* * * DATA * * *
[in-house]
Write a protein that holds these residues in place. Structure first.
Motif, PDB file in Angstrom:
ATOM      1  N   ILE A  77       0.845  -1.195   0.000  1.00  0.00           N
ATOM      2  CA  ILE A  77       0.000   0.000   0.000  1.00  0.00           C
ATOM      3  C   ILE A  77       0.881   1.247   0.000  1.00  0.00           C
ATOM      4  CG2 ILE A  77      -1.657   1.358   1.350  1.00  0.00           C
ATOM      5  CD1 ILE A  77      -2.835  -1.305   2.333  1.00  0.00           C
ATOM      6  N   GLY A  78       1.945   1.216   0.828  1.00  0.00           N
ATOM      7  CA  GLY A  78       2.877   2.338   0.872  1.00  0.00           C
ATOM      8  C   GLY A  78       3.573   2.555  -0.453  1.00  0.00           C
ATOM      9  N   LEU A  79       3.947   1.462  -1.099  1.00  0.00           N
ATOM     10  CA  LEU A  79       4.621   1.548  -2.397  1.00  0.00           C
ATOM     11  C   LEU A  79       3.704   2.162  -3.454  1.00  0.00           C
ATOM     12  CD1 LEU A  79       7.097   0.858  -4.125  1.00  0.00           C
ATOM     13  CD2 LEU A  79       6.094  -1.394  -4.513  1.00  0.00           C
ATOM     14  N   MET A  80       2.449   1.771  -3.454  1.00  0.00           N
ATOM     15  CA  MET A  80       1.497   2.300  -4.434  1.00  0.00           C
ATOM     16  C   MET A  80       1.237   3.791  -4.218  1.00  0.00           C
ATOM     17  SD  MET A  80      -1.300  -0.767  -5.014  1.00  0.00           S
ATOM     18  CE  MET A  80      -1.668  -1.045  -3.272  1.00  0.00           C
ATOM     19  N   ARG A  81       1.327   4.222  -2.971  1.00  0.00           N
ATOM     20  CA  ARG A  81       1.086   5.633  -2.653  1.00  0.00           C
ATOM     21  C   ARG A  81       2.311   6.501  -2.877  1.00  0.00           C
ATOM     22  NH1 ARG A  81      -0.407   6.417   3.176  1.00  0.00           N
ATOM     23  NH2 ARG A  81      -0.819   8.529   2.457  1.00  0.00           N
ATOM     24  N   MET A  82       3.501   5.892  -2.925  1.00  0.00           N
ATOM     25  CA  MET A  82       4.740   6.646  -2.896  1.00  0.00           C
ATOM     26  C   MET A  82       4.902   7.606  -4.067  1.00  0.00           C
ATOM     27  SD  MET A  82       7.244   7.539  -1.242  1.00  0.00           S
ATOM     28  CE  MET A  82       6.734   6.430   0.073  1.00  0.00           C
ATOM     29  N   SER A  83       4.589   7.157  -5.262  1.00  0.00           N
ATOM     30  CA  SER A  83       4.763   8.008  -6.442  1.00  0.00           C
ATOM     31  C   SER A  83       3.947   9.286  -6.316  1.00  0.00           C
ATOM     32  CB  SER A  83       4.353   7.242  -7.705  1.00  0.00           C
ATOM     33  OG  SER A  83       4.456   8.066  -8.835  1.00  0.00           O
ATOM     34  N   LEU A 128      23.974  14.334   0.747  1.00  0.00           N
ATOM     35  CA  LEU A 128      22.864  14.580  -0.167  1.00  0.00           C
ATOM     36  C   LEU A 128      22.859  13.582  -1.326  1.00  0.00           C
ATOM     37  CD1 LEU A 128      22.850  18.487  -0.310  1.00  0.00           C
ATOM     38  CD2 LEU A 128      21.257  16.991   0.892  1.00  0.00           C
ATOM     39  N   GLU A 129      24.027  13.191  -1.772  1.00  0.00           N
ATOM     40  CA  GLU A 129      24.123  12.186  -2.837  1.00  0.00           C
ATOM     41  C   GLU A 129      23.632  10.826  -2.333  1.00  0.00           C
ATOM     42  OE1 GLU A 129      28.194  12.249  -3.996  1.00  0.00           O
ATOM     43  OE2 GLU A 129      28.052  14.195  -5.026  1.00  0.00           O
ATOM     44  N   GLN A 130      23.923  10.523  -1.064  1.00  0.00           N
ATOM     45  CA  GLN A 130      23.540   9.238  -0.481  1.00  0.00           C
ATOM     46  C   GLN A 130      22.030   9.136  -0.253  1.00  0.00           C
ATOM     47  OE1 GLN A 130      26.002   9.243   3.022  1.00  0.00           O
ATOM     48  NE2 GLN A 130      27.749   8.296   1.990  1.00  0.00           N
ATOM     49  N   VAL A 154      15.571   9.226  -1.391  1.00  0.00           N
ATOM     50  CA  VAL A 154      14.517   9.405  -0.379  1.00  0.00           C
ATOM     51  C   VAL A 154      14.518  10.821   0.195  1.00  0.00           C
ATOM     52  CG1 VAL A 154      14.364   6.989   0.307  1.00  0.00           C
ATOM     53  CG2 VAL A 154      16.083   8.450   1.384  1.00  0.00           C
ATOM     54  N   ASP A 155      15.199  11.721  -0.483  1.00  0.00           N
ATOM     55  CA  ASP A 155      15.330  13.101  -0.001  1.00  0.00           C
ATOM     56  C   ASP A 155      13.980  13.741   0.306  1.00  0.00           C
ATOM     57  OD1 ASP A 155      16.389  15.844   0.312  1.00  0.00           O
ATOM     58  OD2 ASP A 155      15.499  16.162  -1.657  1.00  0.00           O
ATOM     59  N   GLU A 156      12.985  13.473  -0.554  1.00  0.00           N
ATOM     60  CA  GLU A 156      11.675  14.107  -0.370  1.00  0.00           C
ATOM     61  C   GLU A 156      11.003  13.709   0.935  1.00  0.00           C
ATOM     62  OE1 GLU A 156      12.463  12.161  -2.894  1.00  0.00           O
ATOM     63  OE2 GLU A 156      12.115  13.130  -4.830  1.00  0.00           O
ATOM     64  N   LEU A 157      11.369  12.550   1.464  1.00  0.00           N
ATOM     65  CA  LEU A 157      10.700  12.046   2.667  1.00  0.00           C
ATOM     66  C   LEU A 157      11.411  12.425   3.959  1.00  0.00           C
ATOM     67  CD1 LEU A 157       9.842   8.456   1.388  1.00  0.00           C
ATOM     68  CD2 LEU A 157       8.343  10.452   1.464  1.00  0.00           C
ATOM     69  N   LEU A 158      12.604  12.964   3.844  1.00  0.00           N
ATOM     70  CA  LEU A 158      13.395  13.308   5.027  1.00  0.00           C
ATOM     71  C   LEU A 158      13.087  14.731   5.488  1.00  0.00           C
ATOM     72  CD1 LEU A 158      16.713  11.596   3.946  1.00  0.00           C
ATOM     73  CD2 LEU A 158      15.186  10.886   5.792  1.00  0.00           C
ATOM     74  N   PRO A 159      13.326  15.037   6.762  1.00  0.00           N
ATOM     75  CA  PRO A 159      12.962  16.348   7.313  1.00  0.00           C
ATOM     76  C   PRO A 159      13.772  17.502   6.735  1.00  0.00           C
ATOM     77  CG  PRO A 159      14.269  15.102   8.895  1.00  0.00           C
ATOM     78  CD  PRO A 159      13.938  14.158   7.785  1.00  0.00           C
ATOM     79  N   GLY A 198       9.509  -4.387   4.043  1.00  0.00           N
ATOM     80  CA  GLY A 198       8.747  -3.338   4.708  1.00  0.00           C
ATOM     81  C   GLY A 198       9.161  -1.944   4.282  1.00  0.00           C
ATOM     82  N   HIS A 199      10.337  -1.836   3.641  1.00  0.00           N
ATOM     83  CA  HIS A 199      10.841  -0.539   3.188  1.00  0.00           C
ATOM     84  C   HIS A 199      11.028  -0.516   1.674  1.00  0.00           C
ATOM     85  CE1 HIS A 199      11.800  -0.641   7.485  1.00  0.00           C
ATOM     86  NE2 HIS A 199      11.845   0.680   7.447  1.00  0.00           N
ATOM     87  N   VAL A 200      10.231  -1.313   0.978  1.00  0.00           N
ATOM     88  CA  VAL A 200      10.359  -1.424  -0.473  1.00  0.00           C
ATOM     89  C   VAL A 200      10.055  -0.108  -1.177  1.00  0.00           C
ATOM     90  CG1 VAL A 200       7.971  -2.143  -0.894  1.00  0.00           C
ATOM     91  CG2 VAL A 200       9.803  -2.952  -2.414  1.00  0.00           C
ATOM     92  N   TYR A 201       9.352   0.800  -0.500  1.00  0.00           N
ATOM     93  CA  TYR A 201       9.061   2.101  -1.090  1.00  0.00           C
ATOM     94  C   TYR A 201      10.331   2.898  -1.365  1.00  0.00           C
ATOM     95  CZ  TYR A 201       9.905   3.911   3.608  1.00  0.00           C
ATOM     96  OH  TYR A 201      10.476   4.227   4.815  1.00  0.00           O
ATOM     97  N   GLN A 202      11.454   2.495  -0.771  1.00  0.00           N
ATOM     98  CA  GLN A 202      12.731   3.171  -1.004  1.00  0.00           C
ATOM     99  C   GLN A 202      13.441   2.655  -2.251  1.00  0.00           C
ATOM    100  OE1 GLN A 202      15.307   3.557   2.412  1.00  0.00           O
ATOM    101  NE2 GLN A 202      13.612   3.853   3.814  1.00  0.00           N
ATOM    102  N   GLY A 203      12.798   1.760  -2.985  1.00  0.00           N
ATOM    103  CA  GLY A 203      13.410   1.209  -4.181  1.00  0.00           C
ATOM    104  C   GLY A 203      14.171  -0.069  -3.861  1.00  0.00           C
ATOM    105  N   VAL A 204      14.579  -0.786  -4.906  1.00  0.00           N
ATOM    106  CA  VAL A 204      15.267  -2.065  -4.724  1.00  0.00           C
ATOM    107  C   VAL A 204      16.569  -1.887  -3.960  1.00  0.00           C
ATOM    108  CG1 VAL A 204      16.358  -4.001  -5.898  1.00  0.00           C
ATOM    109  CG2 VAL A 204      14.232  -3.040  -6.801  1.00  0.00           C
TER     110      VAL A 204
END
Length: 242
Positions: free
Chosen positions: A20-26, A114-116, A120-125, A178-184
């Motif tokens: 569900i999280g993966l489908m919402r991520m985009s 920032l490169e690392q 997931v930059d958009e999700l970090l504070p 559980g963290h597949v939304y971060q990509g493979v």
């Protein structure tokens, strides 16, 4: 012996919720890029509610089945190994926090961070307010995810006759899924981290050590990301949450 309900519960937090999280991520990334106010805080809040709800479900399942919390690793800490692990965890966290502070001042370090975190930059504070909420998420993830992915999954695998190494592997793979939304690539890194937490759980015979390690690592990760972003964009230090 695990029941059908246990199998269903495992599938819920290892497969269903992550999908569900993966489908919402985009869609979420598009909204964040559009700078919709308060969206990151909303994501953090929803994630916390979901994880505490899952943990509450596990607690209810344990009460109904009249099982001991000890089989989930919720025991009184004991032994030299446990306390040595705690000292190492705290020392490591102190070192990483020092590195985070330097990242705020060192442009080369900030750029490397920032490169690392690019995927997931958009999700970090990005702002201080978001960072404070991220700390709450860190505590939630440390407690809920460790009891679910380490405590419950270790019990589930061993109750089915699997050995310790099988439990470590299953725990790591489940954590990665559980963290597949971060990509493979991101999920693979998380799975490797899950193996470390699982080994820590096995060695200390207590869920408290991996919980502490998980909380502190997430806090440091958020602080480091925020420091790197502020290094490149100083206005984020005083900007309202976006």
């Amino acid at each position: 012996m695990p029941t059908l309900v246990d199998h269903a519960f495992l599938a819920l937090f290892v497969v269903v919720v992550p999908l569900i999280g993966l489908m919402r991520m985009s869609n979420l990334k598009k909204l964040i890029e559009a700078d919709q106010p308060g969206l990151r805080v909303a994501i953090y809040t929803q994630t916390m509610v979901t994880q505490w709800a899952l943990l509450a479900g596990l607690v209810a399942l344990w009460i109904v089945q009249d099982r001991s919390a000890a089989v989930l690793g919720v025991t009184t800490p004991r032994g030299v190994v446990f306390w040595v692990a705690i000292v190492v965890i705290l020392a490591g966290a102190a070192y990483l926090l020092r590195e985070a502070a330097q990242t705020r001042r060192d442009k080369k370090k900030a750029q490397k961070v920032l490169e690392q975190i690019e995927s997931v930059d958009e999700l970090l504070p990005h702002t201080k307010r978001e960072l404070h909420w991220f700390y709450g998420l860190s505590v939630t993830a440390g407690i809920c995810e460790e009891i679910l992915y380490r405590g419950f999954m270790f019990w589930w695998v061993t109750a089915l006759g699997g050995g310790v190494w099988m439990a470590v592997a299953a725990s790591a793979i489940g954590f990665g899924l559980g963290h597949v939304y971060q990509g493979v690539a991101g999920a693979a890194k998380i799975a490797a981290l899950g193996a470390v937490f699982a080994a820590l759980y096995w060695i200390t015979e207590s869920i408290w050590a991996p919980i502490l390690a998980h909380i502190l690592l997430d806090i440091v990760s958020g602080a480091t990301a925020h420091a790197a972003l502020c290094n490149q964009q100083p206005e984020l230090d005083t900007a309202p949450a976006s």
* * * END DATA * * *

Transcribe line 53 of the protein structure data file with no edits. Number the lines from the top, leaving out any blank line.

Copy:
ATOM     50  CA  VAL A 154      14.517   9.405  -0.379  1.00  0.00           C